Piledrive and platform through two worlds
Review by Sam Desatoff
Platform: PlayStation 3/PlayStation Vita
Release Date: April 9, 2013
It’s not uncommon for developers to borrow elements of other games and use them in their own titles—this is how entire genres are created in the first place. Not every instance of imitation breeds flattery, but every once in a while a title stands out and makes us appreciate the finer points of tried-and-true design. Case in point: DrinkBox’s new downloadable game Guacamelee.
You play as Juan, an agave farmer in Mexico. When the president’s daughter is kidnapped by Calaca, a malicious skeleton from the Land of the Dead, Juan must don a magical luchador mask and suplex his way to his love’s rescue. The story is fairly mundane, but the execution is superb. The bright and colorful art
style is supplemented by humorous dialogue and entertaining cut scenes.
These story moments are charming, but they bookend the true draw of the game: the gameplay. The 2D exploration takes its cue from Metroid and Castlevania, with a map that fills out as you progress. The world is ripe with hidden treasures like heart pieces (collect three to increase your maximum health) and gold. You can also perform tasks for townspeople for extra rewards.
The “Metroidvania” influence extends to the distribution of powers as well. As you explore, you will come across areas that cannot be accessed until a new power is unlocked. This helps encourage players to revisit old areas to access new treasure. Most powers cost stamina to perform (the Guacamelee equivalent of Metroid’s energy tanks), and can be integrated into combat.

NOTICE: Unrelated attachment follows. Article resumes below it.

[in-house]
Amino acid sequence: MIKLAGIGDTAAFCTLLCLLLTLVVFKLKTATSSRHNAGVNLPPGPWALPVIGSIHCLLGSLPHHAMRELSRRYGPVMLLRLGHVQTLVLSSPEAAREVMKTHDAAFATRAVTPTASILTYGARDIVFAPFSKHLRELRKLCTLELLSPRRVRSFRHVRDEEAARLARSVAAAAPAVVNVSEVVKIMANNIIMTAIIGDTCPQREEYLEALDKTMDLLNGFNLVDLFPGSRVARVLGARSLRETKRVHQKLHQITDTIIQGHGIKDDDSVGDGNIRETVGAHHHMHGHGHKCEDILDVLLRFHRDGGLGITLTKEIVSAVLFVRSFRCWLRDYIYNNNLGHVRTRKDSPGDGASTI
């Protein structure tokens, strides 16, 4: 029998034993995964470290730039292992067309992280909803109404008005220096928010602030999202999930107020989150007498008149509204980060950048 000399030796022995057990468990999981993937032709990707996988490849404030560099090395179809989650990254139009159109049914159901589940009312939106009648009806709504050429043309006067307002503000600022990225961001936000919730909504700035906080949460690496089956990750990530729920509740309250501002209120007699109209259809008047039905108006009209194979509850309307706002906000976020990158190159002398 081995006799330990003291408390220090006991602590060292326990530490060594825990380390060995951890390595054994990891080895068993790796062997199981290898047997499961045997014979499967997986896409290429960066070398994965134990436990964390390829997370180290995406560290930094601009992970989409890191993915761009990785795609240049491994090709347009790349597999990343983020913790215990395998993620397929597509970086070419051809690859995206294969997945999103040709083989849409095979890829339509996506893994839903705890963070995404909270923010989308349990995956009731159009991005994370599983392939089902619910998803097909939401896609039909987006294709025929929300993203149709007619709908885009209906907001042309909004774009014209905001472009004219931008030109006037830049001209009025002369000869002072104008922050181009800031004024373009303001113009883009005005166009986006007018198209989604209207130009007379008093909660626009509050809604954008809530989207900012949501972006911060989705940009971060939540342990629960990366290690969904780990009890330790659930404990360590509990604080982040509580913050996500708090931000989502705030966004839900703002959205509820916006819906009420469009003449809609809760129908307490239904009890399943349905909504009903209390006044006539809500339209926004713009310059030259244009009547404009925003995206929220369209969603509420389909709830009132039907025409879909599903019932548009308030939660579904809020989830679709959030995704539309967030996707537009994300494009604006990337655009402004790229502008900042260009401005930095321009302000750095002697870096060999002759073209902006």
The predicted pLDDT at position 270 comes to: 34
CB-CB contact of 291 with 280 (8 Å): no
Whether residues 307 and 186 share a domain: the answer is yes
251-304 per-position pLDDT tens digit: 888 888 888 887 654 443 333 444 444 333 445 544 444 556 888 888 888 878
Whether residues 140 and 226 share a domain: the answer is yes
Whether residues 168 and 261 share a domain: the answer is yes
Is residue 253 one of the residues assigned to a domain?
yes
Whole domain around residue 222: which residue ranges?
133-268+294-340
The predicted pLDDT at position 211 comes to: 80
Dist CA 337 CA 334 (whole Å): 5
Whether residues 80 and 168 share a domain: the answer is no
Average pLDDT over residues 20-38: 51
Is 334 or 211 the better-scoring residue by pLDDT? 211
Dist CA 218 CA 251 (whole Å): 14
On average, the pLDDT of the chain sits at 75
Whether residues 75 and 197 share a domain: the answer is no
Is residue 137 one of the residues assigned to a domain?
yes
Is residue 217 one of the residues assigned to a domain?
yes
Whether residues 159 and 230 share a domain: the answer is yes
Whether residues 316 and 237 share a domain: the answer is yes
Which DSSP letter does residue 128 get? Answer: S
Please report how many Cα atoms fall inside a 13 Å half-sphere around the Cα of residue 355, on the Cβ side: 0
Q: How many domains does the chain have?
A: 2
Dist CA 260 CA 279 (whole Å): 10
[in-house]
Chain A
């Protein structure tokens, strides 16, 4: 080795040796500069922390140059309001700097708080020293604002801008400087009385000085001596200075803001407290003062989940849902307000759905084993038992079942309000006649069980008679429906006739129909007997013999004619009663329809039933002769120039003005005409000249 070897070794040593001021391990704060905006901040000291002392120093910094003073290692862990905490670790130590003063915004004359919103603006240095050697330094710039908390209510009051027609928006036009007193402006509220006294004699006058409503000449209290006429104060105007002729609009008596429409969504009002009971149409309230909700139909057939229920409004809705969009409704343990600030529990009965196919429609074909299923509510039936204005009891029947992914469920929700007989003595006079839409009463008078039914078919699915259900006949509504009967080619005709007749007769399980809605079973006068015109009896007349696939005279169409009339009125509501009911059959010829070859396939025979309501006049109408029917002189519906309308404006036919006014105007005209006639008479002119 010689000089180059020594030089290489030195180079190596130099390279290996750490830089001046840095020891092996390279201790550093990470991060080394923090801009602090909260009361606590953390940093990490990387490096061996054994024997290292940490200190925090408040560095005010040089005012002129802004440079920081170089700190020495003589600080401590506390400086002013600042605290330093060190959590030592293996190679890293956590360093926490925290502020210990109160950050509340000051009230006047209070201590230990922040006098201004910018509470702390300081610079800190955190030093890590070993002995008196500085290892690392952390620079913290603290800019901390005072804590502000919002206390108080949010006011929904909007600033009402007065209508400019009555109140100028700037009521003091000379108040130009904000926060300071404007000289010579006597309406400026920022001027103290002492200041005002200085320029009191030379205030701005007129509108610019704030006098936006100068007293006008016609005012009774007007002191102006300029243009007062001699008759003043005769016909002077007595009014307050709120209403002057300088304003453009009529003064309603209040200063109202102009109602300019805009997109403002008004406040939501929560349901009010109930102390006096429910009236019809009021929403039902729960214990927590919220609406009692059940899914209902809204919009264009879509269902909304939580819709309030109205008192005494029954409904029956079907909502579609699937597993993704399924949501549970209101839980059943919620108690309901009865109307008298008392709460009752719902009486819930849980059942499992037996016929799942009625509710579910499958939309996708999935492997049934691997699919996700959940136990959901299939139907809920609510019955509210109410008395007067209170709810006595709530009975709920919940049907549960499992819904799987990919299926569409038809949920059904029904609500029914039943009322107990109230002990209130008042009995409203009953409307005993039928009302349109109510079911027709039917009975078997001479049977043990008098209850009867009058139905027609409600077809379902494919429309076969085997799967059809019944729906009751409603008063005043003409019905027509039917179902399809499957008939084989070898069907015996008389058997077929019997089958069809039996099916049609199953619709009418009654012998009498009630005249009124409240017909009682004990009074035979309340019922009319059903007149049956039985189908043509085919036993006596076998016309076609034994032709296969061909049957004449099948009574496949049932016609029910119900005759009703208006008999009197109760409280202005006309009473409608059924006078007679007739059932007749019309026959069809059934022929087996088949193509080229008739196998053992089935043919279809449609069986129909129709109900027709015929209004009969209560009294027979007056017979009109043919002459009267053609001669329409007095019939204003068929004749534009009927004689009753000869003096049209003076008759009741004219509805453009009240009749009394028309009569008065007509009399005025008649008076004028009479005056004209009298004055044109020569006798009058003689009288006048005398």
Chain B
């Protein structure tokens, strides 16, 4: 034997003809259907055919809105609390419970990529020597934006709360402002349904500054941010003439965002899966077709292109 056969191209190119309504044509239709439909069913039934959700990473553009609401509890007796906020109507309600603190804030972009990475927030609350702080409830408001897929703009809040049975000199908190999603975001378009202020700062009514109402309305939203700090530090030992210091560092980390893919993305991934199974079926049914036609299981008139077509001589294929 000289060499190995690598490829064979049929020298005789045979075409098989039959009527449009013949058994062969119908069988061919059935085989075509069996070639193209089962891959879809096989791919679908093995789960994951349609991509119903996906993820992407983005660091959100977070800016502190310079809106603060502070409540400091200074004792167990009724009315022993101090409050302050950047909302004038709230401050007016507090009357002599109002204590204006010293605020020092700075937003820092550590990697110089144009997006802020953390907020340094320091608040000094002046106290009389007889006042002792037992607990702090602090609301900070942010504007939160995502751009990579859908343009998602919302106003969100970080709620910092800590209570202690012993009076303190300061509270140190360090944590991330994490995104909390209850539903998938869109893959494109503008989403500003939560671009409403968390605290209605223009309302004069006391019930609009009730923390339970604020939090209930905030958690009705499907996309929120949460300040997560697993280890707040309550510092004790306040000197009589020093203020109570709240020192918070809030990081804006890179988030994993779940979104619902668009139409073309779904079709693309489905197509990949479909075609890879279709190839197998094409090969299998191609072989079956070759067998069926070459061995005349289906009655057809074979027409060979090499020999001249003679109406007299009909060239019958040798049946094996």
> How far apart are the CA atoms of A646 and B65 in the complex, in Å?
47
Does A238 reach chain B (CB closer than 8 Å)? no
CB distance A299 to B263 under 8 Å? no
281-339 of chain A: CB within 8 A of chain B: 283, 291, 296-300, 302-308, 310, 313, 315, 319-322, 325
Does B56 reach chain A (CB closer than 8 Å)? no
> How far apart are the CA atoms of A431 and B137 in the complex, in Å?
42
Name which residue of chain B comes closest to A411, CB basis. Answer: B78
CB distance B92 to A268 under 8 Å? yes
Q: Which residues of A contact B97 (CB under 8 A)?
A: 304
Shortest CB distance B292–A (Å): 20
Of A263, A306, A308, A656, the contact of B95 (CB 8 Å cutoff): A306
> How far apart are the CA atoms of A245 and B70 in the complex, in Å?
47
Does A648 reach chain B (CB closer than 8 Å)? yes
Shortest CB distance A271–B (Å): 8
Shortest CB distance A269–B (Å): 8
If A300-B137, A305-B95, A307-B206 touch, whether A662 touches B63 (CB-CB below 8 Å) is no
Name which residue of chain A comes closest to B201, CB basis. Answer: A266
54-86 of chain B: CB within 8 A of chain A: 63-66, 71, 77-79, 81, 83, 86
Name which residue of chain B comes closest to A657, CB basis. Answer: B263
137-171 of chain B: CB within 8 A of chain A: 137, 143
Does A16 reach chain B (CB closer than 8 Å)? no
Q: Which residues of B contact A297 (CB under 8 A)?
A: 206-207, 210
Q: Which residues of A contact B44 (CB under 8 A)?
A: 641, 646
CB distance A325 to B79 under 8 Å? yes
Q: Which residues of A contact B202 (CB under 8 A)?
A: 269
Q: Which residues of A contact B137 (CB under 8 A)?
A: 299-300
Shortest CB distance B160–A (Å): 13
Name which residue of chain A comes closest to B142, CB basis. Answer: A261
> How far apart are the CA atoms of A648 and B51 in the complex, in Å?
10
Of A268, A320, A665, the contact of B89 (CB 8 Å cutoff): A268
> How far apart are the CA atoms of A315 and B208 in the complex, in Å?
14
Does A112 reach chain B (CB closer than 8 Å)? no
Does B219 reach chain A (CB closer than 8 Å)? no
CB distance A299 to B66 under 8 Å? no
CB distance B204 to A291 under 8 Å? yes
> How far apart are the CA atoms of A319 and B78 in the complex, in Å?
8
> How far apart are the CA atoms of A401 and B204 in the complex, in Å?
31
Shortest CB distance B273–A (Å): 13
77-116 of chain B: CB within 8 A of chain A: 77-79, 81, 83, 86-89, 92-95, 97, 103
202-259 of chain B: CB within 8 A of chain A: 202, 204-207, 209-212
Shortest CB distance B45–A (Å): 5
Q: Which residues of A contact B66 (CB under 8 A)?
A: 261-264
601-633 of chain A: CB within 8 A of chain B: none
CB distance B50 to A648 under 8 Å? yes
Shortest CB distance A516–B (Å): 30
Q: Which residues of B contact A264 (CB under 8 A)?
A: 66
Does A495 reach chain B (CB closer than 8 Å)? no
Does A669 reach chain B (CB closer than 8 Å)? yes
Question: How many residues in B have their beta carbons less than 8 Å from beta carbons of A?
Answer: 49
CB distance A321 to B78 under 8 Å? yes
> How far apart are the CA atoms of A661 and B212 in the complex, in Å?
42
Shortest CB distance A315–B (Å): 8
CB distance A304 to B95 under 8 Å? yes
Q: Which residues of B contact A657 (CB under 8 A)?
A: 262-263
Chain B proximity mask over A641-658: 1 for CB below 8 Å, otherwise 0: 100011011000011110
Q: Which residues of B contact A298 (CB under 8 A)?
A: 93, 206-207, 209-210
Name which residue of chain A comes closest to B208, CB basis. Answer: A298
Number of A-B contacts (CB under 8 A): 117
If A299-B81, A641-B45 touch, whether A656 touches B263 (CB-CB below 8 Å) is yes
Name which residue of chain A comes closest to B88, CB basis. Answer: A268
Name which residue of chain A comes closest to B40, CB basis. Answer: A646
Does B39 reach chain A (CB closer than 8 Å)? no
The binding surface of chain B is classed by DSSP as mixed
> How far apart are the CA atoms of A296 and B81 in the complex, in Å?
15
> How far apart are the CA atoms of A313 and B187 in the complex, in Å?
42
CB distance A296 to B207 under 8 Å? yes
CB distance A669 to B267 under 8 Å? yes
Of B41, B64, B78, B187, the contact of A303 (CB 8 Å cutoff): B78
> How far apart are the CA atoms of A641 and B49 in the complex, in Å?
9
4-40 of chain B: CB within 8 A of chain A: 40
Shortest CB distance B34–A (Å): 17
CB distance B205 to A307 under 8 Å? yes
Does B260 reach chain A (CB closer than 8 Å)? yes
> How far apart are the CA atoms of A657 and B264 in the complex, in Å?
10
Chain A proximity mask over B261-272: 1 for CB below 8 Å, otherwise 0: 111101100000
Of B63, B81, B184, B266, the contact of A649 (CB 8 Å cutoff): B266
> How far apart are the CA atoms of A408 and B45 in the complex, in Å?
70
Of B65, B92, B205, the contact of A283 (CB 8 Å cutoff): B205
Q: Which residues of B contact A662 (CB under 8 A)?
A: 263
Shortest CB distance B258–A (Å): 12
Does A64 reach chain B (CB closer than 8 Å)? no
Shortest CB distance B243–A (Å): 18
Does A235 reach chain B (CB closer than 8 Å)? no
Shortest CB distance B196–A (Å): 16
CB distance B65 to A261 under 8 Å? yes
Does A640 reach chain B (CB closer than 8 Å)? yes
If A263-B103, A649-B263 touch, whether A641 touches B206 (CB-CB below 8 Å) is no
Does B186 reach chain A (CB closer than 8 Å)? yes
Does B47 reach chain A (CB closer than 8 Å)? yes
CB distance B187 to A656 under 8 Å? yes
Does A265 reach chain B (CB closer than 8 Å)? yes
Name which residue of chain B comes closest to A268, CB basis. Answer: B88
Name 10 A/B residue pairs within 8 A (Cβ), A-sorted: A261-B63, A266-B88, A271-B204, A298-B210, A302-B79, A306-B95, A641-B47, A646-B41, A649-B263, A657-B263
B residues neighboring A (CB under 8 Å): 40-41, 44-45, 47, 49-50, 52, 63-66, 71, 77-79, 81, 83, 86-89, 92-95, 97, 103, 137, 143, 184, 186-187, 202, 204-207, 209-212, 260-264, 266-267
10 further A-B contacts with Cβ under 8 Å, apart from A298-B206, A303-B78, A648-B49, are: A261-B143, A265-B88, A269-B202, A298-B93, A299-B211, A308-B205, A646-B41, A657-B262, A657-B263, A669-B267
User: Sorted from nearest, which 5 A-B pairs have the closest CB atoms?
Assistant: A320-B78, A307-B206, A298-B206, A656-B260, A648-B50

As the title of the game implies, there is no ranged combat. Instead, Juan uses punches and kicks to stun enemies. He can then grapple and toss baddies, or he can perform special finishing moves that are purchased at a shop. The combat is satisfying—it is very easy (and fun) to rack up one hundred-hit combos. In later stages of the game, the combat scenarios can become a bit tedious as the game throws different combinations of enemy types at you, but none of it felt impassable.
Platforming feels tight and responsive, which is nice considering how precise some scenarios require you to be—unlocking a double jump in a game has not been this blissful in ages. The game approaches MegaMan levels of challenge in later stages, but is much more forgiving. Rather than boot you to the start of a level when you fail a platforming segment, Juan is instantly transported back to where he fell. This helps alleviate some of the frustration, but still allows for a feeling of satisfaction when you pass those tough challenges.
In addition to several popular Internet memes, Guacamelee contains countless references to other video games, from Mario to Zelda, and even Journey. Some may complain about how many references DrinkBox crammed in, but they in no way detract from the fun factor of the game.
In what I hope becomes a shining example of the compatibility of the PS3 and PS Vita, Sony has implemented its “cross-buy” feature for Guacamelee. Buying the game on one system automatically unlocks it on the other. Saves can be transferred between systems without headaches, and the Vita can even be used in conjunction with the PS3 for co-op sessions. The system works well and I hope more publishers take advantage of this in the future.
Not only is Guacamelee a love-letter to many beloved franchises, it also stands well on its own in terms of gameplay and entertainment value. If you are a fan platforming and exploration, you shouldn’t miss this one.
Final score: 8.5/10